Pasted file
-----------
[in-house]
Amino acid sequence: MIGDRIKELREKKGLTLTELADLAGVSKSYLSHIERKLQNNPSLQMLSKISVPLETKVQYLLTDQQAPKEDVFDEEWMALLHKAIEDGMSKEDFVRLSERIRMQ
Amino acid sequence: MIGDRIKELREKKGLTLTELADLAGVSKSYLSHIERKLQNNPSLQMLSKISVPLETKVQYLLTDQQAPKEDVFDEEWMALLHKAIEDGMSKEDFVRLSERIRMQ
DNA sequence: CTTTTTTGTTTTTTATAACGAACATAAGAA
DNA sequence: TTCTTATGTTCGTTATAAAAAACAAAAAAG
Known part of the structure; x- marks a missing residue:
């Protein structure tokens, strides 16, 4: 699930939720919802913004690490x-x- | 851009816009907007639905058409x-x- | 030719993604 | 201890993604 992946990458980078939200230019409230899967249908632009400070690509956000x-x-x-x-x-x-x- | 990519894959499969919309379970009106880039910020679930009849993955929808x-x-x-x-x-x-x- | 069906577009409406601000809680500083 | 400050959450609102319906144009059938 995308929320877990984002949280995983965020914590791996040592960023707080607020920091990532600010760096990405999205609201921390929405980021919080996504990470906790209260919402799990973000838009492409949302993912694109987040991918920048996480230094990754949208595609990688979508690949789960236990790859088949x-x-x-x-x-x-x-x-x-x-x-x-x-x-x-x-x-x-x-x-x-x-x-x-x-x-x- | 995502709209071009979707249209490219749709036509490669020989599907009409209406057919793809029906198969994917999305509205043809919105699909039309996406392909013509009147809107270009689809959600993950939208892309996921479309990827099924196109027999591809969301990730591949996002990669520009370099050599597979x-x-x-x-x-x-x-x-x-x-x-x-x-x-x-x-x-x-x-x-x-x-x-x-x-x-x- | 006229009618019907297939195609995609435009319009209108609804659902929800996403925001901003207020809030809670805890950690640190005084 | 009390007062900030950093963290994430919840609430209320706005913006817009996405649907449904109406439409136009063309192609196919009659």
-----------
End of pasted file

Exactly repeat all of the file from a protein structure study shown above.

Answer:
[in-house]
Amino acid sequence: MIGDRIKELREKKGLTLTELADLAGVSKSYLSHIERKLQNNPSLQMLSKISVPLETKVQYLLTDQQAPKEDVFDEEWMALLHKAIEDGMSKEDFVRLSERIRMQ
Amino acid sequence: MIGDRIKELREKKGLTLTELADLAGVSKSYLSHIERKLQNNPSLQMLSKISVPLETKVQYLLTDQQAPKEDVFDEEWMALLHKAIEDGMSKEDFVRLSERIRMQ
DNA sequence: CTTTTTTGTTTTTTATAACGAACATAAGAA
DNA sequence: TTCTTATGTTCGTTATAAAAAACAAAAAAG
Known part of the structure; x- marks a missing residue:
């Protein structure tokens, strides 16, 4: 699930939720919802913004690490x-x- | 851009816009907007639905058409x-x- | 030719993604 | 201890993604 992946990458980078939200230019409230899967249908632009400070690509956000x-x-x-x-x-x-x- | 990519894959499969919309379970009106880039910020679930009849993955929808x-x-x-x-x-x-x- | 069906577009409406601000809680500083 | 400050959450609102319906144009059938 995308929320877990984002949280995983965020914590791996040592960023707080607020920091990532600010760096990405999205609201921390929405980021919080996504990470906790209260919402799990973000838009492409949302993912694109987040991918920048996480230094990754949208595609990688979508690949789960236990790859088949x-x-x-x-x-x-x-x-x-x-x-x-x-x-x-x-x-x-x-x-x-x-x-x-x-x-x- | 995502709209071009979707249209490219749709036509490669020989599907009409209406057919793809029906198969994917999305509205043809919105699909039309996406392909013509009147809107270009689809959600993950939208892309996921479309990827099924196109027999591809969301990730591949996002990669520009370099050599597979x-x-x-x-x-x-x-x-x-x-x-x-x-x-x-x-x-x-x-x-x-x-x-x-x-x-x- | 006229009618019907297939195609995609435009319009209108609804659902929800996403925001901003207020809030809670805890950690640190005084 | 009390007062900030950093963290994430919840609430209320706005913006817009996405649907449904109406439409136009063309192609196919009659």